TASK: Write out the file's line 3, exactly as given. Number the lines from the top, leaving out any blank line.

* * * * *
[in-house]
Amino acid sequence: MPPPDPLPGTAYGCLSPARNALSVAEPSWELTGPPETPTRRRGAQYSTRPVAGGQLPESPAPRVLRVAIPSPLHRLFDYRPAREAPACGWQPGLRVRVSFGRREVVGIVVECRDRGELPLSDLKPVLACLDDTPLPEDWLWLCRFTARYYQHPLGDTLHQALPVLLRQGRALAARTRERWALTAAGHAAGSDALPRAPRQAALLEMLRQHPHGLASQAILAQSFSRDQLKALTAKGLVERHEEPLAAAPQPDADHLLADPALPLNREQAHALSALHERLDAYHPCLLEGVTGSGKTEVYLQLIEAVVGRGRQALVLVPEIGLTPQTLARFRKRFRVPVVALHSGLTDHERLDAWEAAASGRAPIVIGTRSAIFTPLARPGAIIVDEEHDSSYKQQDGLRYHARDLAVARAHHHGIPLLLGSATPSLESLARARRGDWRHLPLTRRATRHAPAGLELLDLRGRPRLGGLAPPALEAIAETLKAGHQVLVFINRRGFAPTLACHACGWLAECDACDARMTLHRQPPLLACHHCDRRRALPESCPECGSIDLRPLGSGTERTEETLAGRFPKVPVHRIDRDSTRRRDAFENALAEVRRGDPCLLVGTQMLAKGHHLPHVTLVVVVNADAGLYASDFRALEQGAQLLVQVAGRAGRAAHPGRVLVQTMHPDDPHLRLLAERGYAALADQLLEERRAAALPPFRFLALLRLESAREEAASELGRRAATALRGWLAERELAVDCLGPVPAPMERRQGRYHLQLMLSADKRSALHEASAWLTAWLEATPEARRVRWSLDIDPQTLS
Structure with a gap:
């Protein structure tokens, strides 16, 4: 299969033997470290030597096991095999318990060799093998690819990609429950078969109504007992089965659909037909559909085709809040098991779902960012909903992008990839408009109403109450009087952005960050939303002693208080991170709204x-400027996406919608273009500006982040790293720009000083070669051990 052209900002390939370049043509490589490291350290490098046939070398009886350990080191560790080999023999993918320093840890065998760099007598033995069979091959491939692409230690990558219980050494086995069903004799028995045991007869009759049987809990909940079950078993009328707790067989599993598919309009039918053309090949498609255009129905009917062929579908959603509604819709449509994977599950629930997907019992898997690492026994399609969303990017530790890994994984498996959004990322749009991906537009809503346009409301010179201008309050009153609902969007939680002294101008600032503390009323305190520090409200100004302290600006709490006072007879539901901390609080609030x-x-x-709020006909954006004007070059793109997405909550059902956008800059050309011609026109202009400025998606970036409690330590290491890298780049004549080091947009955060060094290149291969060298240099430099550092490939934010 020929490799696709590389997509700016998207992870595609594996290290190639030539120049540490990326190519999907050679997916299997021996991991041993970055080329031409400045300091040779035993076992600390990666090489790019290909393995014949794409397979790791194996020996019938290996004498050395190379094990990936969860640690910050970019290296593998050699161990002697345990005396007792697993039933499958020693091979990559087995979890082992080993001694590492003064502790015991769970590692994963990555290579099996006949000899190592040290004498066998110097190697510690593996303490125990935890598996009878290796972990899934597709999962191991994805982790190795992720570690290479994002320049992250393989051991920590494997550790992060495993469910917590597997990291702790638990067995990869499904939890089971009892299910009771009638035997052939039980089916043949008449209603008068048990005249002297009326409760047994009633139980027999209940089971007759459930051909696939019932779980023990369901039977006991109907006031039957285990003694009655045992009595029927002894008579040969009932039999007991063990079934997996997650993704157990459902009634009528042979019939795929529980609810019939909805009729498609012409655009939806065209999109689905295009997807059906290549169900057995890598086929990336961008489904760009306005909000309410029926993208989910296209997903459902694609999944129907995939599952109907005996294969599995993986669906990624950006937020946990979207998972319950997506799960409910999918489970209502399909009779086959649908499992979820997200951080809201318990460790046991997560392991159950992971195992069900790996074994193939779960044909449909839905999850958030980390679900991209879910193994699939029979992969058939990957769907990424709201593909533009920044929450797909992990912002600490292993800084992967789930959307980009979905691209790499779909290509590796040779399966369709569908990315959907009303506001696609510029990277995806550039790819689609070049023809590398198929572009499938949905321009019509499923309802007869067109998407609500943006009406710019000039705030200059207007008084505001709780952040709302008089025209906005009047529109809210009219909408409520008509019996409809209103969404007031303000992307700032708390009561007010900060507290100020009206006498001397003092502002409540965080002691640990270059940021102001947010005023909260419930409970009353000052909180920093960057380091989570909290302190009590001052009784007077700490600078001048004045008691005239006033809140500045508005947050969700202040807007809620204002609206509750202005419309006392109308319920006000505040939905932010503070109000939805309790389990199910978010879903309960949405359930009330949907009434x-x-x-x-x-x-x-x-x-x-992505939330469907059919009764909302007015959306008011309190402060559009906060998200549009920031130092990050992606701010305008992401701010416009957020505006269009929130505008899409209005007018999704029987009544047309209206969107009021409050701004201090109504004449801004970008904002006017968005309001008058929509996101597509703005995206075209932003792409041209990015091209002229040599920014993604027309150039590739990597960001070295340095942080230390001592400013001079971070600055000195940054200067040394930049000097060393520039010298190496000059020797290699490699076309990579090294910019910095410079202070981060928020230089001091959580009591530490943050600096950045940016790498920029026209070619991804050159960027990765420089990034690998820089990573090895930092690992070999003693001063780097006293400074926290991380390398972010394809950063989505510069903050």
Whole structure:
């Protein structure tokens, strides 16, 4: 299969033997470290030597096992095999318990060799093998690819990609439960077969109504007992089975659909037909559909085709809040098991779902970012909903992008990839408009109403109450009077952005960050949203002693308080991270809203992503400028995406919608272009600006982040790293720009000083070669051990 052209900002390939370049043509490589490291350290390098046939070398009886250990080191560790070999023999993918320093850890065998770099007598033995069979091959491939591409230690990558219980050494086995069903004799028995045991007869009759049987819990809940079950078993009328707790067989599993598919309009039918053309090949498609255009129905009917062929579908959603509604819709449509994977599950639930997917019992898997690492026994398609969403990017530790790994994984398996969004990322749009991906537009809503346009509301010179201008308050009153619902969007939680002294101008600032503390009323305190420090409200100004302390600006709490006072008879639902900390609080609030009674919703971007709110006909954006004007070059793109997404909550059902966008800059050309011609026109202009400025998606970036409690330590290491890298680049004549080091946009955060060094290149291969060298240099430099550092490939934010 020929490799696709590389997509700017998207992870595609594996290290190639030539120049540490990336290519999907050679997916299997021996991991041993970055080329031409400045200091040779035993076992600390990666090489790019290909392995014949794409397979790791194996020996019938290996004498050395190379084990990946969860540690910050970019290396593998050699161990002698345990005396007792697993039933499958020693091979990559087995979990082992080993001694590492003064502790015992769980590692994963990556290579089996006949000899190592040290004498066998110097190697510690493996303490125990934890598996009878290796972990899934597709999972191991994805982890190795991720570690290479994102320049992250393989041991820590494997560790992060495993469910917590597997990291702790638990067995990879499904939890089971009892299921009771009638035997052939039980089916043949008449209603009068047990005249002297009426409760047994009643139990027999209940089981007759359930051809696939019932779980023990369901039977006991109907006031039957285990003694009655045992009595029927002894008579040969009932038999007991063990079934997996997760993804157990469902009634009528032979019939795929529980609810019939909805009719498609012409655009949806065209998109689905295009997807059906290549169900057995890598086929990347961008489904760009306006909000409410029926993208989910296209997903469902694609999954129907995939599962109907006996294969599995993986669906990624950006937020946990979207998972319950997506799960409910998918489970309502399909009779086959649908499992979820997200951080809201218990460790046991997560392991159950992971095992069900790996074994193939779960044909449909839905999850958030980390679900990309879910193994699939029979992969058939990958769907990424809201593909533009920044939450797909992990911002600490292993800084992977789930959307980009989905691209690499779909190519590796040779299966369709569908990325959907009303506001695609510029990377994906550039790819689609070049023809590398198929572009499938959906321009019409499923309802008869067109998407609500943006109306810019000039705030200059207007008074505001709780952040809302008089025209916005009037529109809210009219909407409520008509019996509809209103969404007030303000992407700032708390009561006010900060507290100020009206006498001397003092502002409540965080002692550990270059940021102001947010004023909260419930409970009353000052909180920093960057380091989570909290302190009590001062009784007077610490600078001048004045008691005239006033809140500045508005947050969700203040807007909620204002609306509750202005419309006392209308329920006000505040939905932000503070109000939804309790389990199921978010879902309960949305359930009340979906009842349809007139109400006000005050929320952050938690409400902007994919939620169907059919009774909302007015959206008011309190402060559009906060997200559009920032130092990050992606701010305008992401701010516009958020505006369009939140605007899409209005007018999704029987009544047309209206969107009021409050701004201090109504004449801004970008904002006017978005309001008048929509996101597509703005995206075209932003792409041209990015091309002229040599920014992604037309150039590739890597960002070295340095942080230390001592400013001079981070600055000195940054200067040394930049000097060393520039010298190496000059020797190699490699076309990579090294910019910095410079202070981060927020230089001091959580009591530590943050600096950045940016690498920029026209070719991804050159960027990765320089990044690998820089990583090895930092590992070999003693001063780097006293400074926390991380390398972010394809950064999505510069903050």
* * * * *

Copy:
Structure with a gap: